3 ways your employer could violate your right to overtime pay

On Behalf of | Oct 23, 2021 | Wage And Hour Laws |

Both hourly workers and non-exempt salaried workers have the right to overtime pay under federal law. If a company requires that a worker perform more than 40 hours worth of work within a given workweek, that worker should receive at least 150% of their average weekly wage.

Exempt salaried workers make enough money that they do not necessarily have a claim to overtime unless their employer offers it as a perk. However, many workers should receive overtime when they have to put in extra hours at work. Companies will sometimes break the law in their eagerness to keep their staffing costs low. What are some of the ways that a business might violate your right to overtime wages?

Claiming you are exempt when you are not

You have to make a decent salary for your employer to avoid paying you overtime for excess work. Low salaries do not necessarily exempt you from overtime pay requirements. If you don’t make at least $684 a week, which adds up to $35,568 per year, you should receive overtime wages despite being a salaried employee.

Requiring that you do work off the clock

You should be able to clock in right when you get to work and get paid for the entire time that you are there. It is not fair or reasonable for your employer to expect you to perform routine job tasks without compensation.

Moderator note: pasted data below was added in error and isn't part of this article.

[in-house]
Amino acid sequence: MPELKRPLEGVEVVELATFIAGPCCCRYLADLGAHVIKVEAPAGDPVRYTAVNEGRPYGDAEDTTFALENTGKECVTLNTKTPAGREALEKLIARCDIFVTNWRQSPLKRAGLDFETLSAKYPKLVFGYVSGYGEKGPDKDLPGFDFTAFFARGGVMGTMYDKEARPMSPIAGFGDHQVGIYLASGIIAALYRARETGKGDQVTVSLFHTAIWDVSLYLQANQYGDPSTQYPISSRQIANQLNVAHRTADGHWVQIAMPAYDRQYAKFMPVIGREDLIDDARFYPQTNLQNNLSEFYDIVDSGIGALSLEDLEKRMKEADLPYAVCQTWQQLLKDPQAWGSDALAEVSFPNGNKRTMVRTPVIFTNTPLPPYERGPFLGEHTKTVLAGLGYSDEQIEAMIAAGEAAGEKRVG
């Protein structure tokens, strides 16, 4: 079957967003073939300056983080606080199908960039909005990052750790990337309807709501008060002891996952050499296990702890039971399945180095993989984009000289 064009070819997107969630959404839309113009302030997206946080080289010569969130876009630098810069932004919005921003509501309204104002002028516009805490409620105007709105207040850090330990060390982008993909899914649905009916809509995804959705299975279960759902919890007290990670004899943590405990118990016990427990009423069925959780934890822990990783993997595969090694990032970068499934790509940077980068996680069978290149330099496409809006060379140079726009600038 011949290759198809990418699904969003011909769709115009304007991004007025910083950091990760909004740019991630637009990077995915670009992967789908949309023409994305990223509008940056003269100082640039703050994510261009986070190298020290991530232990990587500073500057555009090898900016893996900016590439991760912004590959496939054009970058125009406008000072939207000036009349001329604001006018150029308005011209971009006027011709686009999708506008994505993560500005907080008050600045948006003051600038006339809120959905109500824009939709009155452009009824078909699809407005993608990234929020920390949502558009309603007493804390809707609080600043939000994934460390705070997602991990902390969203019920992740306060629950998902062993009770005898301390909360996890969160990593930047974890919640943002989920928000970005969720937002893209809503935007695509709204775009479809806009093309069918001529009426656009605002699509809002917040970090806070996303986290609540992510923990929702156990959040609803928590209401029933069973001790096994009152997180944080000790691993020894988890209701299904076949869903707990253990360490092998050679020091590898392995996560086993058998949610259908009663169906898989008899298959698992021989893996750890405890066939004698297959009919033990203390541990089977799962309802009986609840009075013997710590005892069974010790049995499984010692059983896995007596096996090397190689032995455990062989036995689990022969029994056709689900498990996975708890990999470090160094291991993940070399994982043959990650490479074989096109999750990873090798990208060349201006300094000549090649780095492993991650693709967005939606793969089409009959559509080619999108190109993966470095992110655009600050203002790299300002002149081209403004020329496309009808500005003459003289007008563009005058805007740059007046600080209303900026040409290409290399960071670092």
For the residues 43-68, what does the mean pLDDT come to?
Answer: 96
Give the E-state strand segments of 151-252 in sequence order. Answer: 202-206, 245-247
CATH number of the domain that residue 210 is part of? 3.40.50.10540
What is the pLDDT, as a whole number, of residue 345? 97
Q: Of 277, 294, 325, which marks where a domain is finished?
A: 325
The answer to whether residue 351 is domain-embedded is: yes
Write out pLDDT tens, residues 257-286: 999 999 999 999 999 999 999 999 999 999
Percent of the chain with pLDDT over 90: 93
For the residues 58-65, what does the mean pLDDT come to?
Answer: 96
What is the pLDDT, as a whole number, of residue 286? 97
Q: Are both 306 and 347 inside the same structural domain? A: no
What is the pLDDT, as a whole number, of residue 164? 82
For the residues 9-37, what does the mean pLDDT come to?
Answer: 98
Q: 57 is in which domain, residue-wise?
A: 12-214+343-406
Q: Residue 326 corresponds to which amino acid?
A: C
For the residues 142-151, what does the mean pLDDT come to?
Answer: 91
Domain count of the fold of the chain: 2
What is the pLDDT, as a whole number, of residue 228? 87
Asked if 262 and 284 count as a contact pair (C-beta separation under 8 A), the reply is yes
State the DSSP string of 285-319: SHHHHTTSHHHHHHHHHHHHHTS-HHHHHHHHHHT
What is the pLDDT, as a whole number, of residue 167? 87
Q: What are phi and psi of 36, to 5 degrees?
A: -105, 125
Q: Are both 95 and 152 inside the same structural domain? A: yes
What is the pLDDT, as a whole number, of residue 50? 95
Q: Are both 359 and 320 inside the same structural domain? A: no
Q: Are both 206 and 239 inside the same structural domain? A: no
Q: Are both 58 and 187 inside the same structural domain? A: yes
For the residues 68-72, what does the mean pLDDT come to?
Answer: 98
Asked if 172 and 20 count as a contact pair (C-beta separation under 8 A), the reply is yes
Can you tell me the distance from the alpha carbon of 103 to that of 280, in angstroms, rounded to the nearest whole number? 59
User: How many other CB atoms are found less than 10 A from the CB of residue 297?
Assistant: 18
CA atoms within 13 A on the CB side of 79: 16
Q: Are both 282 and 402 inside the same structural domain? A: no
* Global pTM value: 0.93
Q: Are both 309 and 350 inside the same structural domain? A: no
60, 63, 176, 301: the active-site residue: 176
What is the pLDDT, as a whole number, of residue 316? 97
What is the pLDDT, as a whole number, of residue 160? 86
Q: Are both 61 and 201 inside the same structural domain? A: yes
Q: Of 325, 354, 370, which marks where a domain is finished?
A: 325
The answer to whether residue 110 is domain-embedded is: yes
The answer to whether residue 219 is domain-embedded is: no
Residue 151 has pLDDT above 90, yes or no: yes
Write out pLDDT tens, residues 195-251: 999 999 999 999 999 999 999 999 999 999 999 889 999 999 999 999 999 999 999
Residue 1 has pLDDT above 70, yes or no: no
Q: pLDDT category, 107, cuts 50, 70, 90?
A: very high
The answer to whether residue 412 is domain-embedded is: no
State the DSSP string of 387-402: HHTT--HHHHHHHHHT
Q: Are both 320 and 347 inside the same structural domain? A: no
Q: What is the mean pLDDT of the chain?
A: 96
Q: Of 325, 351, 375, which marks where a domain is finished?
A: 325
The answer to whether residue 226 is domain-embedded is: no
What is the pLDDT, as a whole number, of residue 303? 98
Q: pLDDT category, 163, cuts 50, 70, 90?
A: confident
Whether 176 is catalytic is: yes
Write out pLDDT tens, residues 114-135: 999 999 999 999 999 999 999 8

Asking you to come early to do prep work or to stay late for cleaning means that they should pay you for that time. If your company habitually requires that you work off the clock, they may have stolen overtime wages from you because of the additional type not on the payroll records.

Altering time clock records to avoid responsibilities

Timekeeping software has made it easier than ever before for employers to make hard-to-notice changes to a worker’s time clock information. You won’t have a physical record of clocking in and out to compare to your paycheck.

If your boss deducts five minutes from your shift, you may not notice that change on your paycheck. However, if they make that kind of alteration to most of the shifts that you work, those deducted minutes might eventually add up to many hours of labor over the year.

Companies that don’t want to pay overtime wages should offer competitive salaries and have strict rules that prevent workers from putting in more than 40 hours per week. They should not try to retroactively prevent someone from receiving overtime pay for what time they already worked. Recognizing some of the more common forms of overtime wages theft can help you get paid for the work you have already done.


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